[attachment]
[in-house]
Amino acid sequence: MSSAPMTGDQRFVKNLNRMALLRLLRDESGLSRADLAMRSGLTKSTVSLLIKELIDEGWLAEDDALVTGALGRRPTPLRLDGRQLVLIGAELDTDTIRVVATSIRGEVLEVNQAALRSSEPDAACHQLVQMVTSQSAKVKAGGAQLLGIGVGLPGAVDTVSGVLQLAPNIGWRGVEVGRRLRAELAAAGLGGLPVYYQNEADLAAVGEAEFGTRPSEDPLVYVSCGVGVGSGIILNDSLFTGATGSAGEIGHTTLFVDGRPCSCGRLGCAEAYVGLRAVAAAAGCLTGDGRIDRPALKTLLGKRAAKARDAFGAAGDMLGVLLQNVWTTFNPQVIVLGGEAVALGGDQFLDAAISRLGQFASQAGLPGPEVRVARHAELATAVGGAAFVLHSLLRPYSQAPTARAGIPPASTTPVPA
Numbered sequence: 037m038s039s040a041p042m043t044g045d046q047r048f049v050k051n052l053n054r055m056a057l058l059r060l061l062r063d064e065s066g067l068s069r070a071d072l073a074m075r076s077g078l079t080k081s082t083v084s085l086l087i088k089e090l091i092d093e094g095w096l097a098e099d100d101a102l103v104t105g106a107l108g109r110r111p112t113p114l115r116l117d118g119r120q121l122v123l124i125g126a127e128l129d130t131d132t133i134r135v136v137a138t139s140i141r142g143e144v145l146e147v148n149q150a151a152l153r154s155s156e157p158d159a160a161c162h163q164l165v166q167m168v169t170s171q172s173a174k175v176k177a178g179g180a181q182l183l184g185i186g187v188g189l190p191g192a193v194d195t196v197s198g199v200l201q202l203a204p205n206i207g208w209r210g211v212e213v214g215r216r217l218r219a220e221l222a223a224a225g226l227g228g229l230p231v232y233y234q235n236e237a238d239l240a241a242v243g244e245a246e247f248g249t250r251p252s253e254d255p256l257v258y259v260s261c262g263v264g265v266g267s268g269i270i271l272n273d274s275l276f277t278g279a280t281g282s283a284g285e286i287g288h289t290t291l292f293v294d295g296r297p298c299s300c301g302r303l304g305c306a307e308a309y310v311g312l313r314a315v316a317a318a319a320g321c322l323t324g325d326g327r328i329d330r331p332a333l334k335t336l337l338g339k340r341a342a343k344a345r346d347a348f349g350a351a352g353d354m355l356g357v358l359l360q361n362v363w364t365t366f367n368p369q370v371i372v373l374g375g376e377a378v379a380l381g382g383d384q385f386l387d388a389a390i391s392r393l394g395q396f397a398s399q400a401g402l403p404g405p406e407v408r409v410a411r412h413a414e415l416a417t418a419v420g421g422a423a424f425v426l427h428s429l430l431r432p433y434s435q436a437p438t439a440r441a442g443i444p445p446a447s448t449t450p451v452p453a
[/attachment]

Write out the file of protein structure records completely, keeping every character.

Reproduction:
[in-house]
Amino acid sequence: MSSAPMTGDQRFVKNLNRMALLRLLRDESGLSRADLAMRSGLTKSTVSLLIKELIDEGWLAEDDALVTGALGRRPTPLRLDGRQLVLIGAELDTDTIRVVATSIRGEVLEVNQAALRSSEPDAACHQLVQMVTSQSAKVKAGGAQLLGIGVGLPGAVDTVSGVLQLAPNIGWRGVEVGRRLRAELAAAGLGGLPVYYQNEADLAAVGEAEFGTRPSEDPLVYVSCGVGVGSGIILNDSLFTGATGSAGEIGHTTLFVDGRPCSCGRLGCAEAYVGLRAVAAAAGCLTGDGRIDRPALKTLLGKRAAKARDAFGAAGDMLGVLLQNVWTTFNPQVIVLGGEAVALGGDQFLDAAISRLGQFASQAGLPGPEVRVARHAELATAVGGAAFVLHSLLRPYSQAPTARAGIPPASTTPVPA
Numbered sequence: 037m038s039s040a041p042m043t044g045d046q047r048f049v050k051n052l053n054r055m056a057l058l059r060l061l062r063d064e065s066g067l068s069r070a071d072l073a074m075r076s077g078l079t080k081s082t083v084s085l086l087i088k089e090l091i092d093e094g095w096l097a098e099d100d101a102l103v104t105g106a107l108g109r110r111p112t113p114l115r116l117d118g119r120q121l122v123l124i125g126a127e128l129d130t131d132t133i134r135v136v137a138t139s140i141r142g143e144v145l146e147v148n149q150a151a152l153r154s155s156e157p158d159a160a161c162h163q164l165v166q167m168v169t170s171q172s173a174k175v176k177a178g179g180a181q182l183l184g185i186g187v188g189l190p191g192a193v194d195t196v197s198g199v200l201q202l203a204p205n206i207g208w209r210g211v212e213v214g215r216r217l218r219a220e221l222a223a224a225g226l227g228g229l230p231v232y233y234q235n236e237a238d239l240a241a242v243g244e245a246e247f248g249t250r251p252s253e254d255p256l257v258y259v260s261c262g263v264g265v266g267s268g269i270i271l272n273d274s275l276f277t278g279a280t281g282s283a284g285e286i287g288h289t290t291l292f293v294d295g296r297p298c299s300c301g302r303l304g305c306a307e308a309y310v311g312l313r314a315v316a317a318a319a320g321c322l323t324g325d326g327r328i329d330r331p332a333l334k335t336l337l338g339k340r341a342a343k344a345r346d347a348f349g350a351a352g353d354m355l356g357v358l359l360q361n362v363w364t365t366f367n368p369q370v371i372v373l374g375g376e377a378v379a380l381g382g383d384q385f386l387d388a389a390i391s392r393l394g395q396f397a398s399q400a401g402l403p404g405p406e407v408r409v410a411r412h413a414e415l416a417t418a419v420g421g422a423a424f425v426l427h428s429l430l431r432p433y434s435q436a437p438t439a440r441a442g443i444p445p446a447s448t449t450p451v452p453a